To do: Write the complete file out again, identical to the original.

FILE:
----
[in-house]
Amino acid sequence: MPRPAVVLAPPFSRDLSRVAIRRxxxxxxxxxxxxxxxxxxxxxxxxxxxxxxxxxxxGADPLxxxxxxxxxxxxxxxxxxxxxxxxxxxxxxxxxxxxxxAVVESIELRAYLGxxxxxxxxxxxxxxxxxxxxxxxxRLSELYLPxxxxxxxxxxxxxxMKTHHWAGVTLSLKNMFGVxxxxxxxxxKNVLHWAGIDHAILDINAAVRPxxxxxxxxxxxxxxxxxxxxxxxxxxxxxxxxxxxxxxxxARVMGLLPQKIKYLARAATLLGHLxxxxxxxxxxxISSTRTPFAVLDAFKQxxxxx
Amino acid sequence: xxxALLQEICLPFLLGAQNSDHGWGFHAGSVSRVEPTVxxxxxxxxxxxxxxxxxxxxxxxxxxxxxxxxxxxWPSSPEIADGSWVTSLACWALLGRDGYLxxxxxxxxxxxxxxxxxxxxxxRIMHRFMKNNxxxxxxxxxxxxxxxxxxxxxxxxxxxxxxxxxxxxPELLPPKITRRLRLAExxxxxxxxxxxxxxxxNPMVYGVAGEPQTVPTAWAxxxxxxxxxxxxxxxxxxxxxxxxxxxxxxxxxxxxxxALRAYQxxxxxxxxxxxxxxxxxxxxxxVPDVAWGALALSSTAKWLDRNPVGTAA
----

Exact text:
[in-house]
Amino acid sequence: MPRPAVVLAPPFSRDLSRVAIRRxxxxxxxxxxxxxxxxxxxxxxxxxxxxxxxxxxxGADPLxxxxxxxxxxxxxxxxxxxxxxxxxxxxxxxxxxxxxxAVVESIELRAYLGxxxxxxxxxxxxxxxxxxxxxxxxRLSELYLPxxxxxxxxxxxxxxMKTHHWAGVTLSLKNMFGVxxxxxxxxxKNVLHWAGIDHAILDINAAVRPxxxxxxxxxxxxxxxxxxxxxxxxxxxxxxxxxxxxxxxxARVMGLLPQKIKYLARAATLLGHLxxxxxxxxxxxISSTRTPFAVLDAFKQxxxxx
Amino acid sequence: xxxALLQEICLPFLLGAQNSDHGWGFHAGSVSRVEPTVxxxxxxxxxxxxxxxxxxxxxxxxxxxxxxxxxxxWPSSPEIADGSWVTSLACWALLGRDGYLxxxxxxxxxxxxxxxxxxxxxxRIMHRFMKNNxxxxxxxxxxxxxxxxxxxxxxxxxxxxxxxxxxxxPELLPPKITRRLRLAExxxxxxxxxxxxxxxxNPMVYGVAGEPQTVPTAWAxxxxxxxxxxxxxxxxxxxxxxxxxxxxxxxxxxxxxxALRAYQxxxxxxxxxxxxxxxxxxxxxxVPDVAWGALALSSTAKWLDRNPVGTAA